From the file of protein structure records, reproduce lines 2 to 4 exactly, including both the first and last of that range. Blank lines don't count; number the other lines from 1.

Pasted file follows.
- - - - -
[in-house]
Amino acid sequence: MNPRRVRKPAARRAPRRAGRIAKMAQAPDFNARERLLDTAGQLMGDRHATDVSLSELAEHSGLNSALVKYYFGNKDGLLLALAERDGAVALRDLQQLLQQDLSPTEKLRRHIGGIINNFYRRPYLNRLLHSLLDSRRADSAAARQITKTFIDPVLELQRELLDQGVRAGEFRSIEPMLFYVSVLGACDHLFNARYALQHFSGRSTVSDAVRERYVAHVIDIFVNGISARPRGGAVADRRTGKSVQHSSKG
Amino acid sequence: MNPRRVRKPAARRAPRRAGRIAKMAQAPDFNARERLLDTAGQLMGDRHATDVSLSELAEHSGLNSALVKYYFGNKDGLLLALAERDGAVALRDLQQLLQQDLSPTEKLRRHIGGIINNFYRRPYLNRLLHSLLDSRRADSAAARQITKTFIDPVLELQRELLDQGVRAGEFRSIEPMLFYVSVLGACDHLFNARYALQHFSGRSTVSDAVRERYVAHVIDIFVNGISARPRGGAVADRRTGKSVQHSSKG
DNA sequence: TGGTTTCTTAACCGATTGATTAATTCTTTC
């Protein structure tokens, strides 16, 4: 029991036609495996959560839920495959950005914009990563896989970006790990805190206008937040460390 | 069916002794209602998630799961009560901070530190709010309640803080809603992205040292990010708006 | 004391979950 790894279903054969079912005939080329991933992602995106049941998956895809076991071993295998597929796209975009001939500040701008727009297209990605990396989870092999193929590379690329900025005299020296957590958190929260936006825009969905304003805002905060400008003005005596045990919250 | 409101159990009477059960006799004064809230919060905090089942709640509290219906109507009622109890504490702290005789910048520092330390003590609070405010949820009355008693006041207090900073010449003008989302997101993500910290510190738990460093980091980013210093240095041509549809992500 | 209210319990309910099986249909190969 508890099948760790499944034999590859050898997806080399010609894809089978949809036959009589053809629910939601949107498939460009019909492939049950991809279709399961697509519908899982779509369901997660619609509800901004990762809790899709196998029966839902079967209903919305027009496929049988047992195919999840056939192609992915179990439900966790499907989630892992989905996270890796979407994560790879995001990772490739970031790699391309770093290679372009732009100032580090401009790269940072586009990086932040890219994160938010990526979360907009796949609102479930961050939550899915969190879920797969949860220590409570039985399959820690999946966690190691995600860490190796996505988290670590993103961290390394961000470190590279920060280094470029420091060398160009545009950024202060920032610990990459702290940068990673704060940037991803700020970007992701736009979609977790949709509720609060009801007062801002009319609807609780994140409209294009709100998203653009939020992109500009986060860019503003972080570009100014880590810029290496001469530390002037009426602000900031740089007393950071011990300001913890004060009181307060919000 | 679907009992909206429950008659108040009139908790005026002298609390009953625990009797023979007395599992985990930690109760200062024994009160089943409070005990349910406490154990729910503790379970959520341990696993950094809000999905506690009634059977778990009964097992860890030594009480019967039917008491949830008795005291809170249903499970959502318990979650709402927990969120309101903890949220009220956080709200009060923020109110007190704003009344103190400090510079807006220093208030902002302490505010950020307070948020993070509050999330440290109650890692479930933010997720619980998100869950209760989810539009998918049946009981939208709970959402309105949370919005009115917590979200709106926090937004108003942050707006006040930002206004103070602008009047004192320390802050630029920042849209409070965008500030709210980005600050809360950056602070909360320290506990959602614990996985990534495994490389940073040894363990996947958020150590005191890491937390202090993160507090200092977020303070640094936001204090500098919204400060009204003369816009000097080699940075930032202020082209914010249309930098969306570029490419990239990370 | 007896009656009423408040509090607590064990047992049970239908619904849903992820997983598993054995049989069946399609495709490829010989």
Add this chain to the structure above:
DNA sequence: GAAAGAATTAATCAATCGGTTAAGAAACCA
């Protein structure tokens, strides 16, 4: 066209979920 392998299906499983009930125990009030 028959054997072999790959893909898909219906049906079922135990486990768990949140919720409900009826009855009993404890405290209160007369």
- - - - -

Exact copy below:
Amino acid sequence: MNPRRVRKPAARRAPRRAGRIAKMAQAPDFNARERLLDTAGQLMGDRHATDVSLSELAEHSGLNSALVKYYFGNKDGLLLALAERDGAVALRDLQQLLQQDLSPTEKLRRHIGGIINNFYRRPYLNRLLHSLLDSRRADSAAARQITKTFIDPVLELQRELLDQGVRAGEFRSIEPMLFYVSVLGACDHLFNARYALQHFSGRSTVSDAVRERYVAHVIDIFVNGISARPRGGAVADRRTGKSVQHSSKG
Amino acid sequence: MNPRRVRKPAARRAPRRAGRIAKMAQAPDFNARERLLDTAGQLMGDRHATDVSLSELAEHSGLNSALVKYYFGNKDGLLLALAERDGAVALRDLQQLLQQDLSPTEKLRRHIGGIINNFYRRPYLNRLLHSLLDSRRADSAAARQITKTFIDPVLELQRELLDQGVRAGEFRSIEPMLFYVSVLGACDHLFNARYALQHFSGRSTVSDAVRERYVAHVIDIFVNGISARPRGGAVADRRTGKSVQHSSKG
DNA sequence: TGGTTTCTTAACCGATTGATTAATTCTTTC